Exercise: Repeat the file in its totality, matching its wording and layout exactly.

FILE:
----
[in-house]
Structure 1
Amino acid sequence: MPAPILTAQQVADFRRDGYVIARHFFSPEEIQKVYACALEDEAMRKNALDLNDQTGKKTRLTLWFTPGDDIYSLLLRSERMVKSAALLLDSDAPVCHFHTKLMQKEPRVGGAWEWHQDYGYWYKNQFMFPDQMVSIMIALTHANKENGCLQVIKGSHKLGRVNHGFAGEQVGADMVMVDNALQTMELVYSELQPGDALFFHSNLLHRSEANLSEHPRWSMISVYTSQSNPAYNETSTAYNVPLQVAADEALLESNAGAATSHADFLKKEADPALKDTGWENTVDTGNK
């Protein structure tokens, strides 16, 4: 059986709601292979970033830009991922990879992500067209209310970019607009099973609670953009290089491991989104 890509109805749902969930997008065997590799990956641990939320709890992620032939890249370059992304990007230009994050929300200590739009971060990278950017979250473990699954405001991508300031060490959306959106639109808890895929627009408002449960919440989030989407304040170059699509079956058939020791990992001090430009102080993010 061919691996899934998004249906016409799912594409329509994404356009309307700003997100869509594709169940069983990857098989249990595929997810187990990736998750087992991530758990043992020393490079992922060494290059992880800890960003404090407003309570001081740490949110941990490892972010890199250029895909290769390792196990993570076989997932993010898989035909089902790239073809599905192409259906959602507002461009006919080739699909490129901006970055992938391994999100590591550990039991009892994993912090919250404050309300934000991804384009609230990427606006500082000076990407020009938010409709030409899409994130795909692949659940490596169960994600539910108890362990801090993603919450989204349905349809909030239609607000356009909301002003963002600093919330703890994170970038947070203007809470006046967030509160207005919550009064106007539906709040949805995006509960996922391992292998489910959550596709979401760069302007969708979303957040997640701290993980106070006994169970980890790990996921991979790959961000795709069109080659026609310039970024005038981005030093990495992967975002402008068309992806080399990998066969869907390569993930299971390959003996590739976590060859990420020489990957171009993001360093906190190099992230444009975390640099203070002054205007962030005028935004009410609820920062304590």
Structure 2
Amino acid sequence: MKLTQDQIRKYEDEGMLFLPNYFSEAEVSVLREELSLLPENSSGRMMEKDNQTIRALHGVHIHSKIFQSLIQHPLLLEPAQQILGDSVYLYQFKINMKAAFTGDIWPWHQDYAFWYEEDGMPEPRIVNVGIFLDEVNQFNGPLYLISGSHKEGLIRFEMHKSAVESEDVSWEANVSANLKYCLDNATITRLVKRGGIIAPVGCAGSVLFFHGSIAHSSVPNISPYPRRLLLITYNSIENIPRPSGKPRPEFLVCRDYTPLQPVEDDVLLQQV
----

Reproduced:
[in-house]
Structure 1
Amino acid sequence: MPAPILTAQQVADFRRDGYVIARHFFSPEEIQKVYACALEDEAMRKNALDLNDQTGKKTRLTLWFTPGDDIYSLLLRSERMVKSAALLLDSDAPVCHFHTKLMQKEPRVGGAWEWHQDYGYWYKNQFMFPDQMVSIMIALTHANKENGCLQVIKGSHKLGRVNHGFAGEQVGADMVMVDNALQTMELVYSELQPGDALFFHSNLLHRSEANLSEHPRWSMISVYTSQSNPAYNETSTAYNVPLQVAADEALLESNAGAATSHADFLKKEADPALKDTGWENTVDTGNK
């Protein structure tokens, strides 16, 4: 059986709601292979970033830009991922990879992500067209209310970019607009099973609670953009290089491991989104 890509109805749902969930997008065997590799990956641990939320709890992620032939890249370059992304990007230009994050929300200590739009971060990278950017979250473990699954405001991508300031060490959306959106639109808890895929627009408002449960919440989030989407304040170059699509079956058939020791990992001090430009102080993010 061919691996899934998004249906016409799912594409329509994404356009309307700003997100869509594709169940069983990857098989249990595929997810187990990736998750087992991530758990043992020393490079992922060494290059992880800890960003404090407003309570001081740490949110941990490892972010890199250029895909290769390792196990993570076989997932993010898989035909089902790239073809599905192409259906959602507002461009006919080739699909490129901006970055992938391994999100590591550990039991009892994993912090919250404050309300934000991804384009609230990427606006500082000076990407020009938010409709030409899409994130795909692949659940490596169960994600539910108890362990801090993603919450989204349905349809909030239609607000356009909301002003963002600093919330703890994170970038947070203007809470006046967030509160207005919550009064106007539906709040949805995006509960996922391992292998489910959550596709979401760069302007969708979303957040997640701290993980106070006994169970980890790990996921991979790959961000795709069109080659026609310039970024005038981005030093990495992967975002402008068309992806080399990998066969869907390569993930299971390959003996590739976590060859990420020489990957171009993001360093906190190099992230444009975390640099203070002054205007962030005028935004009410609820920062304590």
Structure 2
Amino acid sequence: MKLTQDQIRKYEDEGMLFLPNYFSEAEVSVLREELSLLPENSSGRMMEKDNQTIRALHGVHIHSKIFQSLIQHPLLLEPAQQILGDSVYLYQFKINMKAAFTGDIWPWHQDYAFWYEEDGMPEPRIVNVGIFLDEVNQFNGPLYLISGSHKEGLIRFEMHKSAVESEDVSWEANVSANLKYCLDNATITRLVKRGGIIAPVGCAGSVLFFHGSIAHSSVPNISPYPRRLLLITYNSIENIPRPSGKPRPEFLVCRDYTPLQPVEDDVLLQQV